Retired priest Vaillancourt sentenced to house arrest

The Cornwall courthouse at 29 Second Street West. (Newswatch Group/File)

CORNWALL – A retired Glengarry priest has been given a one year house arrest sentence.

Denis Vaillancourt, 72, was sentenced this morning (Friday) for sexually assaulting a young man in his early 20s during a Labour Day weekend visit to the family’s cottage in 2015.

Vaillancourt had inappropriately touched the man’s buttocks and lower part of his stomach, above the waistband of his bathing suit, during the visit two years ago.

Before the sentencing, court heard victim impact statements from the victim, the man’s mother and grandmother. We are not able to identify them due to a court ordered publication ban.

The victim said he was “not happy about this day but relieved” that the sentencing was going ahead. He said he went through a number of emotions: anger, denial and fear. But, speaking confidently, he said “I don’t believe someone I trusted so much” would violate that trust, especially someone who had been “given a place in our family.”

Court heard Vaillancourt was involved in many of the family’s cherished moments – baptisms, weddings and funerals. The man said there were “so many memories ruined” and that he was going to need family videos edited to “get the parts cut out that you were in.”

The victim’s mother recounted the strong family support for her son from the beginning but how she wanted to “block this out of my mind.”

“How could you, our priest Denis Vaillancourt, fellow family, so many members of our family had trusted like no other and considered our family priest. How could you not confess to these charges and suffer the consequences?” she said.

“You, Denis Vaillancourt, took the easy way out, hiding behind your priest robe and of course the shield of the Catholic church like so many of you had done in the past.”

During her statement, the family matriarch held up pictures of her son’s baptism and asked her son’s abuser directly to look at them.

“When you baptized my precious son. There you are at the alter with my precious (name redacted). You’re holding him…protecting him so he doesn’t roll off or fall off the alter. That day was so special because you are welcoming him into God’s kingdom. We knew we could trust you with him. How could you, years later, hold my son in your arms but instead of protecting him, you wanted him for your own sick and perverted needs?”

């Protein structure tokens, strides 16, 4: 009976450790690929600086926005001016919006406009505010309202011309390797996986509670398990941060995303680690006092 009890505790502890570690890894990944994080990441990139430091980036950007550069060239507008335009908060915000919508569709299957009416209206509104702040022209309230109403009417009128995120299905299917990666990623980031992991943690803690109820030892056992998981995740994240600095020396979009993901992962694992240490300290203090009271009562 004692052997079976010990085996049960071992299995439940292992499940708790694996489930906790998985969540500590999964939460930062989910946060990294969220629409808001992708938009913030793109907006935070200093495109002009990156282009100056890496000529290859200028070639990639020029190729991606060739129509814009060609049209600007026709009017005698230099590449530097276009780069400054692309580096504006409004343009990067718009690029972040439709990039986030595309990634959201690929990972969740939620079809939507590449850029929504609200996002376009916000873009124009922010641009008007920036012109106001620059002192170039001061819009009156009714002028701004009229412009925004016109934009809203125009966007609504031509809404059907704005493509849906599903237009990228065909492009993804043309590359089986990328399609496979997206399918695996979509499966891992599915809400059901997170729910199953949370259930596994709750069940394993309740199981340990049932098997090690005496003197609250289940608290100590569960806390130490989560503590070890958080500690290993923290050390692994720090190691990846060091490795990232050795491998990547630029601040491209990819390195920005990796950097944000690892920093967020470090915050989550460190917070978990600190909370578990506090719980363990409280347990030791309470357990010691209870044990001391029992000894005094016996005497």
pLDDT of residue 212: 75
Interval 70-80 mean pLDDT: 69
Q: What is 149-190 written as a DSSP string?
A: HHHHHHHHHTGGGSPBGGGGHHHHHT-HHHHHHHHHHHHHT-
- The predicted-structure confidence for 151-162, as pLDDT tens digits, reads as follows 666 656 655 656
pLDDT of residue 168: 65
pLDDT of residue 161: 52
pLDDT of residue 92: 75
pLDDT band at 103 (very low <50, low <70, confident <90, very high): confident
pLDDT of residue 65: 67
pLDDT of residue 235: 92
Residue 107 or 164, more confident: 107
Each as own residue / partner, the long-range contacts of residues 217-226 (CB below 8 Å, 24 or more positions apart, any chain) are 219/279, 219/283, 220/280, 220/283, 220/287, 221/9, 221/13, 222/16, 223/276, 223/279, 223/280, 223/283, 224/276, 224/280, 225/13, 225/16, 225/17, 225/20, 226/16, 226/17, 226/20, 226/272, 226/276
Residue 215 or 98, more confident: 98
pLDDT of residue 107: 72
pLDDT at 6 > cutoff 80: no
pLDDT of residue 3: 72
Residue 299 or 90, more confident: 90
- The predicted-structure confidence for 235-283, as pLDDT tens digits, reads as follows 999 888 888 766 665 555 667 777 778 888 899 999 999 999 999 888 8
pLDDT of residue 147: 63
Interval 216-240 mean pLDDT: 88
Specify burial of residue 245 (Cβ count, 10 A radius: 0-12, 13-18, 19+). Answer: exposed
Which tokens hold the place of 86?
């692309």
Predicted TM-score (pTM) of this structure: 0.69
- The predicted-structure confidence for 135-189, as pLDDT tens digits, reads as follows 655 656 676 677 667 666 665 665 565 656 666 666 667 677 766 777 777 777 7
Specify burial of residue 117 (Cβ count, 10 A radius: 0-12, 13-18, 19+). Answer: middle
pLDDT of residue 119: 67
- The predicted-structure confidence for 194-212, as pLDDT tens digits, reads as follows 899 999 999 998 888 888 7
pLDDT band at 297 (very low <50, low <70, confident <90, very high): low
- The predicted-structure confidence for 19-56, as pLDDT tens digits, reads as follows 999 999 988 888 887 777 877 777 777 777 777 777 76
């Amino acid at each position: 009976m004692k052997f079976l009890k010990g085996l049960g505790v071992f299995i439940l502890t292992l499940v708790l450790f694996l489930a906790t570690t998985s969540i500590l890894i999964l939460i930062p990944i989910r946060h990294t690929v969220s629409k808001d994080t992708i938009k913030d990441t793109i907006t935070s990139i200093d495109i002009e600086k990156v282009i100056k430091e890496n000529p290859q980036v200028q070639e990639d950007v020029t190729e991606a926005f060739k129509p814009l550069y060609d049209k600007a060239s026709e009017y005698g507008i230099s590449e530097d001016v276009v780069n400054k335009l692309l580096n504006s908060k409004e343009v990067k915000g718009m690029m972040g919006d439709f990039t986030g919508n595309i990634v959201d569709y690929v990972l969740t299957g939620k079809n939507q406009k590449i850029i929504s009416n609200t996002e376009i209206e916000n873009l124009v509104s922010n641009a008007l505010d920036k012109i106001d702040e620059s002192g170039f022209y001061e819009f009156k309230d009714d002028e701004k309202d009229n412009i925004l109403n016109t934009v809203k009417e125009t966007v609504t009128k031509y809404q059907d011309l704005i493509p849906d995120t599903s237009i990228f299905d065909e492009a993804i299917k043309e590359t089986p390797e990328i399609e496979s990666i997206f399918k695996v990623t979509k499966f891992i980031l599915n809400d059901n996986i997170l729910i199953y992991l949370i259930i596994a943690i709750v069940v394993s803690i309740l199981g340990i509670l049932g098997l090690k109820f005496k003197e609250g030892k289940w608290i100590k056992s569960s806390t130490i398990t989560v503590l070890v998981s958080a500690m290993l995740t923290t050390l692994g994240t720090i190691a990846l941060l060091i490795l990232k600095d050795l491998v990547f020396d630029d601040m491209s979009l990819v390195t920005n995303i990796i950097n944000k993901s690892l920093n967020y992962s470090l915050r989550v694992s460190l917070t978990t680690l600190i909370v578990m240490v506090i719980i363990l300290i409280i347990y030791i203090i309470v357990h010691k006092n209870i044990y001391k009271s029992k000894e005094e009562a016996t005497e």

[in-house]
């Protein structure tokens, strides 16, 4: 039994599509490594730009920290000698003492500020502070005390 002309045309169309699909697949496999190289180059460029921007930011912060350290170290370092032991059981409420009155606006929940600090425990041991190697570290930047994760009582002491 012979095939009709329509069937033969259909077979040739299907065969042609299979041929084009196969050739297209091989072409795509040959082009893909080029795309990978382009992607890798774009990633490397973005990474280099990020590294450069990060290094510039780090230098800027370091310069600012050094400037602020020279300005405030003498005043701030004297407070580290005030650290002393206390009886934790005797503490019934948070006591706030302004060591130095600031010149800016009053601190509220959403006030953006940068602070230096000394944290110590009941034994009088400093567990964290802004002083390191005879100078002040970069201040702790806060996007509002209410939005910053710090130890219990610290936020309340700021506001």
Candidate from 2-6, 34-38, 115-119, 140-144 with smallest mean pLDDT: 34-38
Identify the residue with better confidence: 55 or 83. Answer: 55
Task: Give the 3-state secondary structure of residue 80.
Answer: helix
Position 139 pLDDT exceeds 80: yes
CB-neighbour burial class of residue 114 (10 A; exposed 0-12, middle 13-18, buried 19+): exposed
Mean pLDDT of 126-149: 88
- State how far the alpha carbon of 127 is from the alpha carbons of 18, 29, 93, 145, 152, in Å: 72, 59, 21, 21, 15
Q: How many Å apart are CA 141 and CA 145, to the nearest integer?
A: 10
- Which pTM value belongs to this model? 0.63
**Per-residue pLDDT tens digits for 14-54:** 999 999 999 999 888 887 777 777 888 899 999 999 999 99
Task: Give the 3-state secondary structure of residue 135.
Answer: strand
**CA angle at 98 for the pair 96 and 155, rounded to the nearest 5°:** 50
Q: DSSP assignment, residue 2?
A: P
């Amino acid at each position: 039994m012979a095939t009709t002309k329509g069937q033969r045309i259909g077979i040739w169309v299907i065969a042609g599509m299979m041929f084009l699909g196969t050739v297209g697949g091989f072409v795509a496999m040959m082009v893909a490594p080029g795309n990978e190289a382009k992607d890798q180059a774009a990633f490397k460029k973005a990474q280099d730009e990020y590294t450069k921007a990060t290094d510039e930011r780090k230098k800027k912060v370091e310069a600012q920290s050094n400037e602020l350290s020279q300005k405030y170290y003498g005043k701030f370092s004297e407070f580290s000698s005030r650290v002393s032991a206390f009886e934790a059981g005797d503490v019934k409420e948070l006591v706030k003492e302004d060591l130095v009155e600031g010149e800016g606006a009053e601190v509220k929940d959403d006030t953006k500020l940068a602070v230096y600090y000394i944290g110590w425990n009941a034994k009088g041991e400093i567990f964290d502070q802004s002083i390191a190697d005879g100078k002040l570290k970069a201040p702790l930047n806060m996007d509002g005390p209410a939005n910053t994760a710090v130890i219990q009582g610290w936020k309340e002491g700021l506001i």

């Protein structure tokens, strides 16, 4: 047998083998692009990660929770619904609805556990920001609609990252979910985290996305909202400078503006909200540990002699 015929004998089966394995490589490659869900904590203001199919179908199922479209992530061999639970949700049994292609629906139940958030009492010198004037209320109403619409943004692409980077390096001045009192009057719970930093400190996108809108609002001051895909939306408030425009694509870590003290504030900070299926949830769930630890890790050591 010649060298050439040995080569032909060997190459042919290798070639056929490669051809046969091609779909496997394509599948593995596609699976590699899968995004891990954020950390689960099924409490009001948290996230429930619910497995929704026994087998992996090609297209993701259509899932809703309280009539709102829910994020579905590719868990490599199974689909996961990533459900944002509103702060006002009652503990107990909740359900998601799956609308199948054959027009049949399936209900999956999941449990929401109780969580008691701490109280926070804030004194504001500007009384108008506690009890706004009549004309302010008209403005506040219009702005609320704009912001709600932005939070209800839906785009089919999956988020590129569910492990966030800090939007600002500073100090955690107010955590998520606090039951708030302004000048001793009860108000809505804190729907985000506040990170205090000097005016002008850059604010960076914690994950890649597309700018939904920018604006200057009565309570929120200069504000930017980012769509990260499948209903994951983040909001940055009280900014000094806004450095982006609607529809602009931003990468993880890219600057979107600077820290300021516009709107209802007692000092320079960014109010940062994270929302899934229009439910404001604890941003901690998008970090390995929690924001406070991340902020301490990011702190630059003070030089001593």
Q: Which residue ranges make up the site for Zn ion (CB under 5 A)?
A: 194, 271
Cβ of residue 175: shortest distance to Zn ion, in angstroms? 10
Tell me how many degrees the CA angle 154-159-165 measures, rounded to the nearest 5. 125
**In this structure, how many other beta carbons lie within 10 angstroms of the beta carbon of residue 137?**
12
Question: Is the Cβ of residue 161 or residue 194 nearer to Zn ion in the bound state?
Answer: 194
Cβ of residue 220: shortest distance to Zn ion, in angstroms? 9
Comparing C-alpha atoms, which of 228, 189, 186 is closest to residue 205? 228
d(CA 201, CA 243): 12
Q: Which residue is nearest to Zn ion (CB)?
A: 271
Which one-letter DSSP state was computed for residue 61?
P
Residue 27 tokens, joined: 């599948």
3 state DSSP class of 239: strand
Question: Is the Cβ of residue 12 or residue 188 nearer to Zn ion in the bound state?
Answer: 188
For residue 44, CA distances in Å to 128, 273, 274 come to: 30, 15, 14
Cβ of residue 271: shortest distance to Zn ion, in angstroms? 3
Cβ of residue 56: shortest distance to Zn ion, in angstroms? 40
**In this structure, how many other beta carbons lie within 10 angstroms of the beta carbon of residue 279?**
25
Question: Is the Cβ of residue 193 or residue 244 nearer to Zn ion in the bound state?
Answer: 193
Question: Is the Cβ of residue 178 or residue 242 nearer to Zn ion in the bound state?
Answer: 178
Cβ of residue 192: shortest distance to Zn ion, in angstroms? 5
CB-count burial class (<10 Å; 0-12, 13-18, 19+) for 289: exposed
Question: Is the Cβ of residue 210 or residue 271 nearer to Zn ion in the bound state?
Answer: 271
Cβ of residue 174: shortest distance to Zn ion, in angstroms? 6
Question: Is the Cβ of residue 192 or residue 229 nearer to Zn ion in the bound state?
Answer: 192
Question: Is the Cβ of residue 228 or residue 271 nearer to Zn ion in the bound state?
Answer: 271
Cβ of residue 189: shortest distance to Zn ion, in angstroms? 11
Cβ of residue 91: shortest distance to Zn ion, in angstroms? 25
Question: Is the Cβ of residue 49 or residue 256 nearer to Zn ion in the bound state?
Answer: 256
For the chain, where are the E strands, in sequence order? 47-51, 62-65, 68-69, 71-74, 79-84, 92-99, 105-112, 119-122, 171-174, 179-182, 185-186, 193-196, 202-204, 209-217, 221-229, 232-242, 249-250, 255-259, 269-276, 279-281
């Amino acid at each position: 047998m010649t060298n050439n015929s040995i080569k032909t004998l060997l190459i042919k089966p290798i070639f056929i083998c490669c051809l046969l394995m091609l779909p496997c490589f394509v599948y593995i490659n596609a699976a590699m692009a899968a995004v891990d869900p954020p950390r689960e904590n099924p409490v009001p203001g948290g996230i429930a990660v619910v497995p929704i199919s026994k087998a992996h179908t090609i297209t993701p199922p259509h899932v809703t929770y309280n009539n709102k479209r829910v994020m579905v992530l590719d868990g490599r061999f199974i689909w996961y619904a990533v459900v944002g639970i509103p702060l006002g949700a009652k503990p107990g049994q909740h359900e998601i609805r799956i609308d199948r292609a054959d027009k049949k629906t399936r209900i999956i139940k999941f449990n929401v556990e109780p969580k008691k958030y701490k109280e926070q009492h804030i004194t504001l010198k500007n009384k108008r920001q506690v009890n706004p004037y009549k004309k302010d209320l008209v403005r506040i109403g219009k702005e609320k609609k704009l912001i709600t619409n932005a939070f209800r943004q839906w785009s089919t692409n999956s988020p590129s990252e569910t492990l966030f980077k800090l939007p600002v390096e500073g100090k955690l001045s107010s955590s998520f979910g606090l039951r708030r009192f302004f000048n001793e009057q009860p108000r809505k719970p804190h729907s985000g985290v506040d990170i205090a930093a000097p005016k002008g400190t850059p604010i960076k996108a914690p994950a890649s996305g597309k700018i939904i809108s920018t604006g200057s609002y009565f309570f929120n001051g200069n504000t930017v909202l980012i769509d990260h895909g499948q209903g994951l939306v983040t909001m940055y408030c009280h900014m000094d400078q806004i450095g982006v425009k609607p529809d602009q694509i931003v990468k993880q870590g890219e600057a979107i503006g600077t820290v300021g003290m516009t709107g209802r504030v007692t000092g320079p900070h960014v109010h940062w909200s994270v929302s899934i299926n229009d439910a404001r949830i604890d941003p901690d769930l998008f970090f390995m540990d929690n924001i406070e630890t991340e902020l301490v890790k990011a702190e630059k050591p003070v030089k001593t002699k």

In his submission, defence lawyer Don Johnson said his client had a “momentary lapse” and a “moment of weakness” in 2015 and his otherwise unblemished record with the church “all came tumbling down.” Johnson added that Vaillancourt did apologize after he was confronted and also confessed to police.

Crown attorney Elaine Evans argued the level of sexual conduct was not a mitigating factor.

She also expanded on the breach of trust and that Vaillancourt had retained a “battery of knowledge” on the victim through church confessions. She added there was a “profound betrayal” to the family which now has major life events “tarnished to some degree.”

Evans was also looking for a jail sentence to send a message of general deterrence and denunciation, given the community is still reeling from the era of the Cornwall Public Inquiry and Project Truth involving prominent members of the community, including priests.

The Crown was asking for a 3-6 month jail sentence while the defence was asking for a suspended or house arrest sentence.

While both sides were somewhat apart, Judge Diane Lahaie moved ahead with sentencing right after the submissions in order for the victim and his family to have closure, as well as the perpetrator.

Prior to delivering her sentence, Vaillancourt was allowed to address the court. “I want to apologize again to (name redacted). I’m very sorry for what has happened. To his mother and father, (names redacted), I know I called you the day after, the 7th of September, to apologize. Maybe you don’t remember. I want to apologize again for what has happened…today, again, I want to apologize for everything. Your honour, I know that, in a stupid moment, I did something wrong. But I can tell you that this will never happen again. I’m really sorry.”

Judge’s ruling

Lahaie agreed with the Crown that Vaillancourt had exercised an “egregious breach of trust” and, while she did believe Vaillancourt was remorseful, she still believed he was “still in denial.”

But the judge felt the sexual touching crime was on the “low end of intrusiveness.” She also noted the “deeply moving” victim impact statements.

Lahaie also talked about the Vaillancourt’s background, his lack of affection in the family household growing up and a history of also being a victim of sexual abuse as an adolescent.

Vaillancourt was a priest with the Diocese of Alexandria-Cornwall for over four decades before his retirement in 2015.

Following his sentence, Vaillancourt will be on probation for one year where he will have to abide by a number conditions, including a no-contact order for the victim and his family.

The judge is also allowing the retired priest to serve his sentence outside the Province of Ontario, in his home town of Lasalle, Que.

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